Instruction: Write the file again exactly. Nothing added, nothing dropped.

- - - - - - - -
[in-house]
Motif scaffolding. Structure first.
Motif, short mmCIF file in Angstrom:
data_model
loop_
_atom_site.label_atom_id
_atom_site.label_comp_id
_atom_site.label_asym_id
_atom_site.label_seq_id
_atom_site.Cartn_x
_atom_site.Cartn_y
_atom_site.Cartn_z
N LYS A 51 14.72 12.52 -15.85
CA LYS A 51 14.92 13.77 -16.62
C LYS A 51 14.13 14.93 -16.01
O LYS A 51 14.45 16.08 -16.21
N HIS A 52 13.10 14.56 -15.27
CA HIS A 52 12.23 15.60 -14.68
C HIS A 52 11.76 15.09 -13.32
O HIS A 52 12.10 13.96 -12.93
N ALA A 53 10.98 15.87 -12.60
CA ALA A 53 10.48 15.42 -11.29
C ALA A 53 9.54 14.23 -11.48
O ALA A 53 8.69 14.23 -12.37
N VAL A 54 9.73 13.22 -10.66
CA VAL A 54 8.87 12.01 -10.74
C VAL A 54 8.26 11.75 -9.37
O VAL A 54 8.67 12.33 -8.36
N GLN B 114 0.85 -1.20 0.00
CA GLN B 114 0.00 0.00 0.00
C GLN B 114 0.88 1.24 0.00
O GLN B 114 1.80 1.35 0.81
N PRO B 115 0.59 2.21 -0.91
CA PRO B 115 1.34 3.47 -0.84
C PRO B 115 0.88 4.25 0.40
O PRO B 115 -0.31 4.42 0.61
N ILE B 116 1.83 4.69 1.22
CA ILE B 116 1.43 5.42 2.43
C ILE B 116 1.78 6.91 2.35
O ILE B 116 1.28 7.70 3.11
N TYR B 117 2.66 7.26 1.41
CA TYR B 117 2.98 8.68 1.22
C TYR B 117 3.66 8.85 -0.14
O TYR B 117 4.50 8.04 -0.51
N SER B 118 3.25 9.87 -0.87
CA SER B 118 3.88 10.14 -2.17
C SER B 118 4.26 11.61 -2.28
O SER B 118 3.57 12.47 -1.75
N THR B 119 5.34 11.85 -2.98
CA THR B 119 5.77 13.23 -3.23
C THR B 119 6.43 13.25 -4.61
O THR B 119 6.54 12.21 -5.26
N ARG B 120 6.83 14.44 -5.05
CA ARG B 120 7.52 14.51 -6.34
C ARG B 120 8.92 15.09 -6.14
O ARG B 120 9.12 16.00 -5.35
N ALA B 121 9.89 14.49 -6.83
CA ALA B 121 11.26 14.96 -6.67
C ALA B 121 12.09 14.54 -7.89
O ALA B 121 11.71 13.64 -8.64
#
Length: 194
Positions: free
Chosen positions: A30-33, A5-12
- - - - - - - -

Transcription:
[in-house]
Motif scaffolding. Structure first.
Motif, short mmCIF file in Angstrom:
data_model
loop_
_atom_site.label_atom_id
_atom_site.label_comp_id
_atom_site.label_asym_id
_atom_site.label_seq_id
_atom_site.Cartn_x
_atom_site.Cartn_y
_atom_site.Cartn_z
N LYS A 51 14.72 12.52 -15.85
CA LYS A 51 14.92 13.77 -16.62
C LYS A 51 14.13 14.93 -16.01
O LYS A 51 14.45 16.08 -16.21
N HIS A 52 13.10 14.56 -15.27
CA HIS A 52 12.23 15.60 -14.68
C HIS A 52 11.76 15.09 -13.32
O HIS A 52 12.10 13.96 -12.93
N ALA A 53 10.98 15.87 -12.60
CA ALA A 53 10.48 15.42 -11.29
C ALA A 53 9.54 14.23 -11.48
O ALA A 53 8.69 14.23 -12.37
N VAL A 54 9.73 13.22 -10.66
CA VAL A 54 8.87 12.01 -10.74
C VAL A 54 8.26 11.75 -9.37
O VAL A 54 8.67 12.33 -8.36
N GLN B 114 0.85 -1.20 0.00
CA GLN B 114 0.00 0.00 0.00
C GLN B 114 0.88 1.24 0.00
O GLN B 114 1.80 1.35 0.81
N PRO B 115 0.59 2.21 -0.91
CA PRO B 115 1.34 3.47 -0.84
C PRO B 115 0.88 4.25 0.40
O PRO B 115 -0.31 4.42 0.61
N ILE B 116 1.83 4.69 1.22
CA ILE B 116 1.43 5.42 2.43
C ILE B 116 1.78 6.91 2.35
O ILE B 116 1.28 7.70 3.11
N TYR B 117 2.66 7.26 1.41
CA TYR B 117 2.98 8.68 1.22
C TYR B 117 3.66 8.85 -0.14
O TYR B 117 4.50 8.04 -0.51
N SER B 118 3.25 9.87 -0.87
CA SER B 118 3.88 10.14 -2.17
C SER B 118 4.26 11.61 -2.28
O SER B 118 3.57 12.47 -1.75
N THR B 119 5.34 11.85 -2.98
CA THR B 119 5.77 13.23 -3.23
C THR B 119 6.43 13.25 -4.61
O THR B 119 6.54 12.21 -5.26
N ARG B 120 6.83 14.44 -5.05
CA ARG B 120 7.52 14.51 -6.34
C ARG B 120 8.92 15.09 -6.14
O ARG B 120 9.12 16.00 -5.35
N ALA B 121 9.89 14.49 -6.83
CA ALA B 121 11.26 14.96 -6.67
C ALA B 121 12.09 14.54 -7.89
O ALA B 121 11.71 13.64 -8.64
#
Length: 194
Positions: free
Chosen positions: A30-33, A5-12